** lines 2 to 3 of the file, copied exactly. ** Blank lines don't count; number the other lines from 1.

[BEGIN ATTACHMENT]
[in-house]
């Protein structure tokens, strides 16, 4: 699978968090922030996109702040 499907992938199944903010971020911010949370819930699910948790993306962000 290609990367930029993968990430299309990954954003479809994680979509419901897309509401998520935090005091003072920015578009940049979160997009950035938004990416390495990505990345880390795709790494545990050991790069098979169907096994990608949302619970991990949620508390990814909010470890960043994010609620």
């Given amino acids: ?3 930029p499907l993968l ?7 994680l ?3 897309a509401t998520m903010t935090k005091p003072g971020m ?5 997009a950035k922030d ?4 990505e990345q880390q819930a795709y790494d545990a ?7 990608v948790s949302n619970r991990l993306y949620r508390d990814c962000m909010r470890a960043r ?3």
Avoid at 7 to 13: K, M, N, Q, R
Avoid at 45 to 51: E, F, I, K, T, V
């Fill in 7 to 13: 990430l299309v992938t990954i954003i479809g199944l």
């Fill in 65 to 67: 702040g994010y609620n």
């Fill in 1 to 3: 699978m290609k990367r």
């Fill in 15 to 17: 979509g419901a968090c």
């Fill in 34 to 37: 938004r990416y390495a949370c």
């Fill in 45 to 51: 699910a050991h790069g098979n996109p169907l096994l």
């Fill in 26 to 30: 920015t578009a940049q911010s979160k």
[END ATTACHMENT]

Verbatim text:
């Protein structure tokens, strides 16, 4: 699978968090922030996109702040 499907992938199944903010971020911010949370819930699910948790993306962000 290609990367930029993968990430299309990954954003479809994680979509419901897309509401998520935090005091003072920015578009940049979160997009950035938004990416390495990505990345880390795709790494545990050991790069098979169907096994990608949302619970991990949620508390990814909010470890960043994010609620």
């Given amino acids: ?3 930029p499907l993968l ?7 994680l ?3 897309a509401t998520m903010t935090k005091p003072g971020m ?5 997009a950035k922030d ?4 990505e990345q880390q819930a795709y790494d545990a ?7 990608v948790s949302n619970r991990l993306y949620r508390d990814c962000m909010r470890a960043r ?3």